A search through a mountain of data from the Large Hadron Collider for particles called magnetic monopoles has once again come up empty handed.

That doesn't yet completely rule out the possibility of these hypothetical objects. But it does tell us that if they exist, they might be extraordinarily massive particles that are beyond our ability to create.

Magnetic monopoles are often explained as being a particle that represents a single pole of a magnet - something nobody has ever seen so far.

If you slice a magnet in half, you still get an object with a north pole and a south pole. No matter how tiny you make the thing, you won't get an isolated pole.

Not that this stops physicists from looking: the story of the magnetic monopole dates back to the equations of the theoretical physicist James Clerk Maxwell.

He mathematically showed that we could swap electric for magnetic fields and not see any real difference - in other words, the two were symmetrical.

That only works for their fields, though. Electrical currents have charges, which are points that exist in a vector, meaning the current flows in a direction.

If we have magnetic fields that are symmetrical with electric fields, why not magnetic points that also flow along a vector? Finding one would tell us a lot about their electrical twin as well.

So the search was on for magnetic points that were the equivalent of a charge - the magnetic monopole.

Not everybody is convinced they exist. Last year, physicists argued that the symmetry between electricity and magnetism is broken at a deep, fundamental level. Still, for many optimists, the search continues.

"A lot of people think they should exist," says particle physicist James Pinfold from the University of Alberta in Edmonton, Canada.

He and his team have just trawled through a pile of data from the Monopole and Exotics Detector at the LHC (MoEDAL). And they came up with nothing. 

Their research was published recently on the pre-print website arXiv.org, which means we need to be cautious in not reading too deeply until it gets published in a peer-reviewed journal.

But the fact they had six times the information as previous efforts involving MoEDAL, and also took into consideration monopoles with a different kind of spin to previous analyses, shows how much ground has been covered.

In some ways this is a good thing – the research further narrows down where the monopole might be hiding. Crashing protons together at ridiculous speeds is just one way we might be able to make magnetic monopoles.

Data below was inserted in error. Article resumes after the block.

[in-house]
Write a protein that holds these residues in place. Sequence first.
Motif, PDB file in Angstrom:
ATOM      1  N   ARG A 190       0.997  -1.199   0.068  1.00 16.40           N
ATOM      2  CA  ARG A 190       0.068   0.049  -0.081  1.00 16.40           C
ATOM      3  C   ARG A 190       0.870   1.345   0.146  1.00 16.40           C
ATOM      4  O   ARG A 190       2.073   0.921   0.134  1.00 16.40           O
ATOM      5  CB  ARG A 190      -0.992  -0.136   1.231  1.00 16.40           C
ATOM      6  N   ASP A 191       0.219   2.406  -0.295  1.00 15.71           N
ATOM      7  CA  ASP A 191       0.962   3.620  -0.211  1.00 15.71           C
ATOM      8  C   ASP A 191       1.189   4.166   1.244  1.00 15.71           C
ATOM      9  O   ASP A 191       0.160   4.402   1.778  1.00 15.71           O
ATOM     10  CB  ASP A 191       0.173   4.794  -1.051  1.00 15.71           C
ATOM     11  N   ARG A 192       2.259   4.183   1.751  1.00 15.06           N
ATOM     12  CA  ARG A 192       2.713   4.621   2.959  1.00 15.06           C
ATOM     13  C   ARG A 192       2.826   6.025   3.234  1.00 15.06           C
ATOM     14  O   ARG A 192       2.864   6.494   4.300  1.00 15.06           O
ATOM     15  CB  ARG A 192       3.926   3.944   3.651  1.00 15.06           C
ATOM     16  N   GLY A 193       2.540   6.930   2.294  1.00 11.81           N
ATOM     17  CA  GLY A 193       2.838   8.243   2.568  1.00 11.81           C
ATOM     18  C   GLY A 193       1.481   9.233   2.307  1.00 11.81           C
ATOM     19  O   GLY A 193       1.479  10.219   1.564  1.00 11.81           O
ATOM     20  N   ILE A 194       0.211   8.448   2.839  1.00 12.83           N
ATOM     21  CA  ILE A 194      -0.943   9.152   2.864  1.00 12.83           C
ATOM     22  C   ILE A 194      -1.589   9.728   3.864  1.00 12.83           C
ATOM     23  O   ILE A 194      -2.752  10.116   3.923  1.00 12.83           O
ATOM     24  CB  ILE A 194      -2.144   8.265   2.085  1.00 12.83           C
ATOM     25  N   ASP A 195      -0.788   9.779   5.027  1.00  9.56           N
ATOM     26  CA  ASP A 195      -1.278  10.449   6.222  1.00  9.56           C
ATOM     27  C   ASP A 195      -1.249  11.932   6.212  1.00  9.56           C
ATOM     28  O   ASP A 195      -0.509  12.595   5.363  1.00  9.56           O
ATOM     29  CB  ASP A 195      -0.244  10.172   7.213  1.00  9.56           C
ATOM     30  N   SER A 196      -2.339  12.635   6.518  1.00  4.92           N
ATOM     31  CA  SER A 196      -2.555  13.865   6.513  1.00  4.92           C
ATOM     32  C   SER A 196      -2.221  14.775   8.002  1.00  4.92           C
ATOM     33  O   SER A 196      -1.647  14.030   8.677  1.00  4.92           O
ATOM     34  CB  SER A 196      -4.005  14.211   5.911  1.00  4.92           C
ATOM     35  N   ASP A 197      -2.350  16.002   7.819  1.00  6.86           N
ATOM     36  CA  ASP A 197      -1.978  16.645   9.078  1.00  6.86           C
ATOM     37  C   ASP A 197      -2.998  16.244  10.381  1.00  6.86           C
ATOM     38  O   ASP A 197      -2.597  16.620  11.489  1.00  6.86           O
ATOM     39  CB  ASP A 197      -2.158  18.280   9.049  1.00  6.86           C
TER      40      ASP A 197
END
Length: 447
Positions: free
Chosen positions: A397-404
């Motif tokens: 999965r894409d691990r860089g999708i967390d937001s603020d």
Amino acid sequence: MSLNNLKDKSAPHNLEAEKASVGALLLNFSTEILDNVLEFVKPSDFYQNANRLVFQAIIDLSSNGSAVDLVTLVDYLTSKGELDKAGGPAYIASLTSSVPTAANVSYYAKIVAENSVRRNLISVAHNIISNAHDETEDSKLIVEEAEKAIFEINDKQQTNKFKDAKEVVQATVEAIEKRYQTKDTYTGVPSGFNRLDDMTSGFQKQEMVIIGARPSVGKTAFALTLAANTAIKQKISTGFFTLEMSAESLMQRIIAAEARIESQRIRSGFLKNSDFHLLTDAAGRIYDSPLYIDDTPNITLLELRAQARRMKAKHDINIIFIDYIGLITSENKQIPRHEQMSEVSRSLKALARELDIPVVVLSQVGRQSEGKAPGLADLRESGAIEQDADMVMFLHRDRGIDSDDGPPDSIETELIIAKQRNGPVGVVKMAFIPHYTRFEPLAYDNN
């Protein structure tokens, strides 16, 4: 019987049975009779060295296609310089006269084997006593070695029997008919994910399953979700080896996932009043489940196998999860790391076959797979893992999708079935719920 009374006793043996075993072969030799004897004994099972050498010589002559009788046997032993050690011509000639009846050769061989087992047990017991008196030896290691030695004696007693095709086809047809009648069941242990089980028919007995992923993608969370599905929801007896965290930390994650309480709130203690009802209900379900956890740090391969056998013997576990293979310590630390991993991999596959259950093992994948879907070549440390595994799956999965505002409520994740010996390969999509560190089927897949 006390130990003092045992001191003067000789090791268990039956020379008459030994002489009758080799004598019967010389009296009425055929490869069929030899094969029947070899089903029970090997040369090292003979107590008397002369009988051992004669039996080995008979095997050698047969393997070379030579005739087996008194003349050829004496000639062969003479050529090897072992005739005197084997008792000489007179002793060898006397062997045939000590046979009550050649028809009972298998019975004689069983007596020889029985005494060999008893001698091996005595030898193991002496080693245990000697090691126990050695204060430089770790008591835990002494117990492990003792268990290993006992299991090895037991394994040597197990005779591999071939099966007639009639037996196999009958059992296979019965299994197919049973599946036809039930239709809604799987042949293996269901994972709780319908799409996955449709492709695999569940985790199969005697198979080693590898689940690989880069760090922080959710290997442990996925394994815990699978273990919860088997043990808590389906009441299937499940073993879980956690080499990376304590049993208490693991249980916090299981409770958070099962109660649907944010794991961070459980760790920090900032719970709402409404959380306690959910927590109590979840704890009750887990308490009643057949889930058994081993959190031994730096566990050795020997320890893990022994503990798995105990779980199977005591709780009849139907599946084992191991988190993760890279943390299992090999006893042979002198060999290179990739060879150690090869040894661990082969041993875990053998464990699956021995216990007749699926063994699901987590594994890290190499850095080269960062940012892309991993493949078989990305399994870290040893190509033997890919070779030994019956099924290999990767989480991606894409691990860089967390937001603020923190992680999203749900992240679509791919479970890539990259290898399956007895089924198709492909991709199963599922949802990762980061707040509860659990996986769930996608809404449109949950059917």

Another team of physicists from Imperial College London took a slightly different approach to searching for the elusive particles, publishing their results in the journal Physical Review Letters last December.

Part of the problem as they saw it was if monopoles were being produced inside particle colliders, there was every chance they'd be strongly stuck together.

What was needed was another way to narrow down the kinds of properties they might have, and then compare those with MoEDAL's results.

To do this they considered how magnetic monopoles might appear inside intense, hot magnetic fields, just like those surrounding a type of neutron star called a magnetar.

If their mass was small enough, their magnetic charge would affect the star's magnetic field.

Of course, even the strength of the monopole's charge is hypothetical at the moment, but based on a few reasonable assumptions they calculated we could expect the particle's mass to be more than about the third of that of a proton.

That's not exactly tiny. And if the actual charge is heavier than the smallest one imaginable, that mass goes up.

Either way we look at it, physicists are needing to consider two possibilities; either the magnetic monopole is a myth, and the fractured symmetry between electricity and magnetism is a fundamental part of nature; or this thing is big.

It's possible we just might need bigger colliders. It's also possible magnetic monopoles are so heavy, only something as monumental as a Big Bang could produce them, leaving us to hunt for relics.

Only one thing is for certain – the hunt continues.

The study can be found on arXiv.org.